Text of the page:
Hot Stuff: Identity Management

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The April 2002, issue of Information Security magazine there’s a feature cover story on identity management. Therein, the story defines identity management as a collection of tools and technologies to centralize management of access controls to information and application for users, who may be working inside (employees, temp workers, contractors, and so forth) or outside (teleworkers, contractors, partners, customers, and so on) an organization’s network perimeter. The guiding principle is to provide and manage user access without compromising security or providing unwanted access to sensitive data across multiple systems, applications, and sometimes even across multiple directory services.


Rutrell Yasmin, the article’s author, identifies the following building blocks as likely components in effective identity management systems (though not all of these are likely to occur together in any single system):



  • Password reset: this permits organizations to reset user passwords and enforce password policies, without requiring admins to physically operate the individual consoles that would otherwise be involved. Password resets can often operate through a Web browser, and use multiple challenges (questions and answers) to authenticate user identity before resetting passwords automatically.

  • Password synchronization: provides an infrastructure (usually transparent to users) to distribute a single password for a single user identity across multiple systems. Although the password (and often the user account name) may be the same across multiple systems and applications, this differs from single sign-on in that a separate logon for each system or application is still required.

  • Single sign-on: requires that users log on only once, and manages access to all systems and applications within the access controls imposed on that user’s login session. This is more sophisticated than password reset or synchronization technologies, and generally requires a dedicated authentication server and some work to permit that server to act as an intermediary for users as they attempt to access systems and applications as needed.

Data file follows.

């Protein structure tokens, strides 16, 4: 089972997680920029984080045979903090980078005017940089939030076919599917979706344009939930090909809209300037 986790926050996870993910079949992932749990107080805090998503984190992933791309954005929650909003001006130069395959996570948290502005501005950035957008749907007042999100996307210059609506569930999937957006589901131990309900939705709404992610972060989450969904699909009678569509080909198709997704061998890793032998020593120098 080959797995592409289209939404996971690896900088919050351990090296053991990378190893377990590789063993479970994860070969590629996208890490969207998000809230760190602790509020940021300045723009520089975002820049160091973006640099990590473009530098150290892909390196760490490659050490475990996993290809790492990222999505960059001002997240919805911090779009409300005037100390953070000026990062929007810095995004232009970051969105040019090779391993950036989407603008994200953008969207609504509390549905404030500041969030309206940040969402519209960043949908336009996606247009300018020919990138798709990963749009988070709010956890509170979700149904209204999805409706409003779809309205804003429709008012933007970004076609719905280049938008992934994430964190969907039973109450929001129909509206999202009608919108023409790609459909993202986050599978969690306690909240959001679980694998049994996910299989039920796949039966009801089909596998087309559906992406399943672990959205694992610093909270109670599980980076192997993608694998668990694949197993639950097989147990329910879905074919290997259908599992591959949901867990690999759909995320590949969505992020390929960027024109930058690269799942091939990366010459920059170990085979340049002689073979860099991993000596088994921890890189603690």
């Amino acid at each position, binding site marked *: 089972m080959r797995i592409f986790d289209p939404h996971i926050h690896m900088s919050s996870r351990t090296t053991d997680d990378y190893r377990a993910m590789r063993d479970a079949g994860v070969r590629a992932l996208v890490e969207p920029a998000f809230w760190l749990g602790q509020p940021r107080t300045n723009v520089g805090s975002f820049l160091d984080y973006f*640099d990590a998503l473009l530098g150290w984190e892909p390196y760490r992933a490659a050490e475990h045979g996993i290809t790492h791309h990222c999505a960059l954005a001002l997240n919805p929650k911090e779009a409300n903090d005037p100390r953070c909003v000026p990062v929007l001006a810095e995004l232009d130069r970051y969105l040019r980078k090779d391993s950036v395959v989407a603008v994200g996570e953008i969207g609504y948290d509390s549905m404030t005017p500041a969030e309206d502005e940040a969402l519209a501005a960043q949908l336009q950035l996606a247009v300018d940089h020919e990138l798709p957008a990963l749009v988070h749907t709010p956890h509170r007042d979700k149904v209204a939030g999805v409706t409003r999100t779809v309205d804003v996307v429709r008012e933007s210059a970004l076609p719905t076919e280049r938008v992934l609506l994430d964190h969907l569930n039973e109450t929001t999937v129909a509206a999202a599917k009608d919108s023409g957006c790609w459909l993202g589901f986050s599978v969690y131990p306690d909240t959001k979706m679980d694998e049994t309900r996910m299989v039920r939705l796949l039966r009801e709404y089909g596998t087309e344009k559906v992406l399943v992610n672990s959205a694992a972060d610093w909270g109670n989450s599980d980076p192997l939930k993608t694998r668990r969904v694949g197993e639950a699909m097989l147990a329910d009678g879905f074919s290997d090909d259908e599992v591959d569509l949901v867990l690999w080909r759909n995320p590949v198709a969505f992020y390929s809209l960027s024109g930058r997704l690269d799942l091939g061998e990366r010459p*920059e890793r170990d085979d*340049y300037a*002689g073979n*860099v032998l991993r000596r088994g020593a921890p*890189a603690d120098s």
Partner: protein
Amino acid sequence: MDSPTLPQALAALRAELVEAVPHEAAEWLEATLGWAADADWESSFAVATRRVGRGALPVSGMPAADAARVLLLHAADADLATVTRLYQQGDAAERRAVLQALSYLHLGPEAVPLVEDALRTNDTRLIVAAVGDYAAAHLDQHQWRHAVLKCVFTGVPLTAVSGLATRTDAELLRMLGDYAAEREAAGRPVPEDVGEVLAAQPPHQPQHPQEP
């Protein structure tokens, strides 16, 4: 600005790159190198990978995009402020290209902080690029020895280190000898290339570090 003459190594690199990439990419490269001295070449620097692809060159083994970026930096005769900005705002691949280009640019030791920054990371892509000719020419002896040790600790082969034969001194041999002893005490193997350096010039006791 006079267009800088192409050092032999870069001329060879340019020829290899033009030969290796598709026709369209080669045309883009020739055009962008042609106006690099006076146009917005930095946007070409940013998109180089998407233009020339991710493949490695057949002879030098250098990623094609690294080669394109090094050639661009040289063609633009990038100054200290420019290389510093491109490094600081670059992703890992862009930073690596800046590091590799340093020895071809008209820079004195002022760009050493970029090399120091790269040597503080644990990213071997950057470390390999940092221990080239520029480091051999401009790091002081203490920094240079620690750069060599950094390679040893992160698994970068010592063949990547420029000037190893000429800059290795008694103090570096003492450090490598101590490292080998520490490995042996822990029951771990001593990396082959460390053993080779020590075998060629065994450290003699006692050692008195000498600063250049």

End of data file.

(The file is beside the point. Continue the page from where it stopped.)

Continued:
• Access management software: permits administrators to set and manage user access to systems and applications centrally, using one or more methods of user authentication (which may include passwords, digital certificates, hardware or software tokens, or biometric checks on identity). This also requires an infrastructure, but allows administrators to delegate authority and access controls on a local basis, while retaining global control and management authority over the entire system.


Yasmin’s article includes pointers to numerous commercial products that implement one or more of these kinds of facilities, from companies like Computer Associates, Passlogix, Blockade Systems, Tivoli, Netegrity, RSA Security, and many others. A recent story in Security Management Digest (VOL. 5, NO. 82, OCTOBER 30, 2003) provides highlights about a new product from Courion (a company specializing in identity management solutions) that covers all of these bases except single sign-on (SSO) that is also likely to be of interest to readers seeking identity management help.

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